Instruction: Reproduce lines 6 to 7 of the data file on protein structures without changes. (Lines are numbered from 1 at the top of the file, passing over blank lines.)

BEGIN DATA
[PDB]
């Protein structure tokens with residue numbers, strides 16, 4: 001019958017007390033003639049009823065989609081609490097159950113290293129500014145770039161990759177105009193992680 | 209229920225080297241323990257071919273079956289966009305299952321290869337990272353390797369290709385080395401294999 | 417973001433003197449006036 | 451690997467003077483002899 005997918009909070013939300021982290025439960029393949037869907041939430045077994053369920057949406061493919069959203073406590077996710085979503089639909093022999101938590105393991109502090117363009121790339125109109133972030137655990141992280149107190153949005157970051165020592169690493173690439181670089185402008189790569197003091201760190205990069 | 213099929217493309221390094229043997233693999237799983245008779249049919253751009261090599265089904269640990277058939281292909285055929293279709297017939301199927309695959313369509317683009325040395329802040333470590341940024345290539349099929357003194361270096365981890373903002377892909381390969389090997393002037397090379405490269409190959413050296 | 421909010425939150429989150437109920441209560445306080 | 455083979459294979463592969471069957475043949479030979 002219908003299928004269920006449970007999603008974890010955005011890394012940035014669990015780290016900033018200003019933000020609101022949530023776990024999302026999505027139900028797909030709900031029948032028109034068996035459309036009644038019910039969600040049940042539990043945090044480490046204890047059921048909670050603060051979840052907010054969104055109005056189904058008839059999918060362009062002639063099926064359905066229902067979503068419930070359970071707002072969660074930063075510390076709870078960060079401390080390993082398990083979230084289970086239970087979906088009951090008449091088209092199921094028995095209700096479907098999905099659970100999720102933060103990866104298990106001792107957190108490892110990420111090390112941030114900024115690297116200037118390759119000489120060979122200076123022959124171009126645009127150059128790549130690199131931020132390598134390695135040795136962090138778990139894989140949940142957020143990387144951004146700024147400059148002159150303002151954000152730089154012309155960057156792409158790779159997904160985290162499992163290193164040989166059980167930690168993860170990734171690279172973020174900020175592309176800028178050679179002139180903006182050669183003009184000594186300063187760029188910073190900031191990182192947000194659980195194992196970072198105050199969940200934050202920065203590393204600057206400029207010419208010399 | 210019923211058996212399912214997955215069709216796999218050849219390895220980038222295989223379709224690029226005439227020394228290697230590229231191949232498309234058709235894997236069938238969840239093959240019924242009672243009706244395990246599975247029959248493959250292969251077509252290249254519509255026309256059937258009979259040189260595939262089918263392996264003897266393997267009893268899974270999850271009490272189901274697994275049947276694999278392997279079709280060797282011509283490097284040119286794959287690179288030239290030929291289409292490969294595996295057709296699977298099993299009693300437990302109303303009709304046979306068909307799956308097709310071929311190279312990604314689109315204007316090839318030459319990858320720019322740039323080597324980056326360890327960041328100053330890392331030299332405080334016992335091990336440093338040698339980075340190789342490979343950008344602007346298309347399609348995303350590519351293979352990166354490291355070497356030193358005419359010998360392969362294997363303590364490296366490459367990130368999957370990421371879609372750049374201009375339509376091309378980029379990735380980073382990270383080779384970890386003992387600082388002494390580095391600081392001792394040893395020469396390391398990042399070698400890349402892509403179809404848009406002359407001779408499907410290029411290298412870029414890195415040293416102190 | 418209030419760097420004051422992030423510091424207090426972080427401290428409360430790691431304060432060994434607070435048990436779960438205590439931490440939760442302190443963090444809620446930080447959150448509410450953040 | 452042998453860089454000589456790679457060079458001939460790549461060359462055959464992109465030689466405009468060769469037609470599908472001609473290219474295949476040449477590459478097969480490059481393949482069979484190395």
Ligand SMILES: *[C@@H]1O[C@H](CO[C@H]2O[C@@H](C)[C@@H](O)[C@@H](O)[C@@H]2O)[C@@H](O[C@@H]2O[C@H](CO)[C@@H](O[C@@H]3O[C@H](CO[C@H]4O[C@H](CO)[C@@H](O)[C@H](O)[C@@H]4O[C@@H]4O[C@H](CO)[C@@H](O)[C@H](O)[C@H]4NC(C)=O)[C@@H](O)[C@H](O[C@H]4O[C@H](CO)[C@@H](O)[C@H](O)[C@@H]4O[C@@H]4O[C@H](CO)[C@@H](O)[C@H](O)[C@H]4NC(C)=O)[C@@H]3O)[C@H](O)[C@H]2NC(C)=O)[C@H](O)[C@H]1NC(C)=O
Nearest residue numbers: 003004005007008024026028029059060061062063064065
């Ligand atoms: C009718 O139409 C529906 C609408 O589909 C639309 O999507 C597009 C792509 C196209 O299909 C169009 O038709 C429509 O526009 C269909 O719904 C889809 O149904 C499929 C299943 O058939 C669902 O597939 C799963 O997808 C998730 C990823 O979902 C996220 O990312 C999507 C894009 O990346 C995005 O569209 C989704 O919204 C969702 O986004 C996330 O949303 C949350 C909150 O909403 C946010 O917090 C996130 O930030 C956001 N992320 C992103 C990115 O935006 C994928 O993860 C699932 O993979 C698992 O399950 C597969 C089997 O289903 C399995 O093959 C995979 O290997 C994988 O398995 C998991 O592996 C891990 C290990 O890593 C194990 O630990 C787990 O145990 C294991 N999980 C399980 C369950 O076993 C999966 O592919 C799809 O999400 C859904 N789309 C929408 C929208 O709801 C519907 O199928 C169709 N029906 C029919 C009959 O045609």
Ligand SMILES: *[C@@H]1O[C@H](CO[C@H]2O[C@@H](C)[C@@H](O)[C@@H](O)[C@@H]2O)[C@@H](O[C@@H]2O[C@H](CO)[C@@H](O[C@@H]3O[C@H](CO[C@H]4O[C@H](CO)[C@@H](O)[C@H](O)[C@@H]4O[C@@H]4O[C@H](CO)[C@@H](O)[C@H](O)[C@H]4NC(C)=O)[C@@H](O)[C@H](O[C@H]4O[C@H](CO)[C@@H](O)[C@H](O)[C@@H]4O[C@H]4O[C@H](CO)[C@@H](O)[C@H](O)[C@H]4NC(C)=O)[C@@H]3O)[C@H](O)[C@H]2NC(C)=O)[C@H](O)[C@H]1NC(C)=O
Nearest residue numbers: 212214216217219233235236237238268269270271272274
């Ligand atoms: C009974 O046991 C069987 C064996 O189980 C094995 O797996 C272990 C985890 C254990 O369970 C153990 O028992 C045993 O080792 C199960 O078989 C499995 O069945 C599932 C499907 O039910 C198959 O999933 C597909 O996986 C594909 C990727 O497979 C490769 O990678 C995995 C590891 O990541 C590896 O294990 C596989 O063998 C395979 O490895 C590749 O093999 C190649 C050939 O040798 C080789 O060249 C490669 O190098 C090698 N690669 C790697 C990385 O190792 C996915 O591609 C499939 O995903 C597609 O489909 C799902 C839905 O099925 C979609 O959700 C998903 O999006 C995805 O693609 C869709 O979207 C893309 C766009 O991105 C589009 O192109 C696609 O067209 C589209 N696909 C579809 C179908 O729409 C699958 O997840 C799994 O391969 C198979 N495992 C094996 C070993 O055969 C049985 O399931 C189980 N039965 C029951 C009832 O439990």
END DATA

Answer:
Ligand SMILES: *[C@@H]1O[C@H](CO[C@H]2O[C@@H](C)[C@@H](O)[C@@H](O)[C@@H]2O)[C@@H](O[C@@H]2O[C@H](CO)[C@@H](O[C@@H]3O[C@H](CO[C@H]4O[C@H](CO)[C@@H](O)[C@H](O)[C@@H]4O[C@@H]4O[C@H](CO)[C@@H](O)[C@H](O)[C@H]4NC(C)=O)[C@@H](O)[C@H](O[C@H]4O[C@H](CO)[C@@H](O)[C@H](O)[C@@H]4O[C@H]4O[C@H](CO)[C@@H](O)[C@H](O)[C@H]4NC(C)=O)[C@@H]3O)[C@H](O)[C@H]2NC(C)=O)[C@H](O)[C@H]1NC(C)=O
Nearest residue numbers: 212214216217219233235236237238268269270271272274